“I saw your lips move, but I didn’t hear a word you said” – Bedford planning committee’s chaotic return to in-person meetings

Bedford’s cavernous Corn Exchange was the venue for the first in person council meeting in more than a year as councillors made a tentative return to making decisions in real reality rather than virtual.

Tuesday, 18th May 2021, 6:35 pm
Updated Tuesday, 18th May 2021, 6:36 pm

But with cases of the so-called Indian variant causing concern in the community, not everyone was happy to be sitting inside for Monday’s two and a half hour planning committee meeting.

Burly door staff ensured that everyone checked in using the NHS app, before leading mask-wearing members of the public to their socially distanced seats.

Councillors took their places in between plastic shields, with microphones hooked up to an array of speakers.

Bedford's Corn Exchange hosted the council's first in-person planning committee meeting in more than one year

The members themselves were socially, as well as politically, distanced, with virtually the width of the auditorium separating the Conservatives from their Lib Dem and Labour colleagues.

It didn’t take long for committee chair Cllr Jon Abbott (Lib Dem, Oakley) to say how unhappy he was that councils were not allowed to continue to allow people to join virtually.

“Whilst it’s lovely to see everyone in public, I’m not particularly happy with being here tonight,” he said just seconds into being confirmed as chairman for the municipal year.

“I feel at the moment with the increase in the Indian variant in Bedford that we were forced to meet in public is very disappointing.”

He blasted the Government not enacting legislation to allow hybrid meetings to continue. “Particularly when they felt they could have rushed through legislation to stop a European Super League.”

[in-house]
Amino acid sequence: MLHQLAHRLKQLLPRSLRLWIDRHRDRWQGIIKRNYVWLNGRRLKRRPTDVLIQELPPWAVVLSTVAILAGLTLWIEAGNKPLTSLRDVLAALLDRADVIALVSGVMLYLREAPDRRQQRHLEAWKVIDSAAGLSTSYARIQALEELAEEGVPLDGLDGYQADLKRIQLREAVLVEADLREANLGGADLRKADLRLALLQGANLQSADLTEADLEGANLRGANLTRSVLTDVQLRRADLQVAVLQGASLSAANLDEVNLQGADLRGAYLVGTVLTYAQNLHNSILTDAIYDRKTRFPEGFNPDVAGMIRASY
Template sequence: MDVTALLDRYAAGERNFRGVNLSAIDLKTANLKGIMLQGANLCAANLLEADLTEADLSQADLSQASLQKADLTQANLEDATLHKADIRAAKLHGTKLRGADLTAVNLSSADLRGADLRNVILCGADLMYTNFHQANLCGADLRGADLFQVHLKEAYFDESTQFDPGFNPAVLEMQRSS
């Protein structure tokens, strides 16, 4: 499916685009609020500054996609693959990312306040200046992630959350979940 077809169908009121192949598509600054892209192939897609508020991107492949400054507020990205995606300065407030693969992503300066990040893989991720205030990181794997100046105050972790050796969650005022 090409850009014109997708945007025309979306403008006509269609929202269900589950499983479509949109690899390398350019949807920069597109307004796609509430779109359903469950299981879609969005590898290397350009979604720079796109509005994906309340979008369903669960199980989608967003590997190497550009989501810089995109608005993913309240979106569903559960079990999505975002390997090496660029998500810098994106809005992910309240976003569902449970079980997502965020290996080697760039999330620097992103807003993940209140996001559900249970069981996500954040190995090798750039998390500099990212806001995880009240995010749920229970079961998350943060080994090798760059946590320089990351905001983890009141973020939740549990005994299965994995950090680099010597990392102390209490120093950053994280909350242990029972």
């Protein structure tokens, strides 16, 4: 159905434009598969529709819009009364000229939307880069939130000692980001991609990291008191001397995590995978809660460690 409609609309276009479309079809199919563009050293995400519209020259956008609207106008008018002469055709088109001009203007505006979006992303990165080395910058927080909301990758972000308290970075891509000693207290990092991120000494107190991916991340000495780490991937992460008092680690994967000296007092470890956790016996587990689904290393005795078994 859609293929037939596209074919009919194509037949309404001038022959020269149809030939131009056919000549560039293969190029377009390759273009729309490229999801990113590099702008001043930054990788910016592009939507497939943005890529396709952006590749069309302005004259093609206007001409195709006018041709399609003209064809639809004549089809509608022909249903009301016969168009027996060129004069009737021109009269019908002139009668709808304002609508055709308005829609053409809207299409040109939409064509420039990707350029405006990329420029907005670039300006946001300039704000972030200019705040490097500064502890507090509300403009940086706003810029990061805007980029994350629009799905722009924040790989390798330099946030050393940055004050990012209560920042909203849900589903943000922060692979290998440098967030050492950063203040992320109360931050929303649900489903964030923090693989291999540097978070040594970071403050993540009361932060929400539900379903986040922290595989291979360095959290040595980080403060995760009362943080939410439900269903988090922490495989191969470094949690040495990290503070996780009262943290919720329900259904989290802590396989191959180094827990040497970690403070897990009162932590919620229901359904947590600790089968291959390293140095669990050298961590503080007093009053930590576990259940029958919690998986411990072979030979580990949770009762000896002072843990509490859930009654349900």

Further he said not allowing hybrid meetings was a “step backwards in local democracy” because although members of the public had turned up to the St Paul’s Square venue, he said many more would have taken part online.

As the meeting started going in earnest, councillors and officers complained that they could not hear one another.

With his frustration growing Cllr Abbott added: “This will make even more of a mockery of what we are doing.”

Things didn’t improve despite some tweaks with the sound system and Cllr Abbott politely blasted: “At the moment it’s ridiculous. Please will someone do something about the sound.”

After an exchange with vice-chair Cllr Abu Sultan (Lab, Cauldwell) he said: “Whilst I saw your lips move, I didn’t hear a word you said.”

After dealing with one planning application, Cllr Abbott had clearly had enough.

Adjourning the meeting for 10 minutes he blasted: “It’s a mockery of the whole process and it’s testament to the lack of care the Government has for local councils. I am very very disappointed.”

Blaming the Government raised the hackles of Conservative Cllr Alison Foster (Harrold) who said: “I don’t think the Government can be blamed for the speakers in the hall.”

The sound was much improved after the enforced break, and the they completed all their business at 9pm when Cllr Abbott sent everyone home.

But he urged council officers to ensure that they had a “working sound system” for their next meeting. That has been scheduled for Monday, June 21.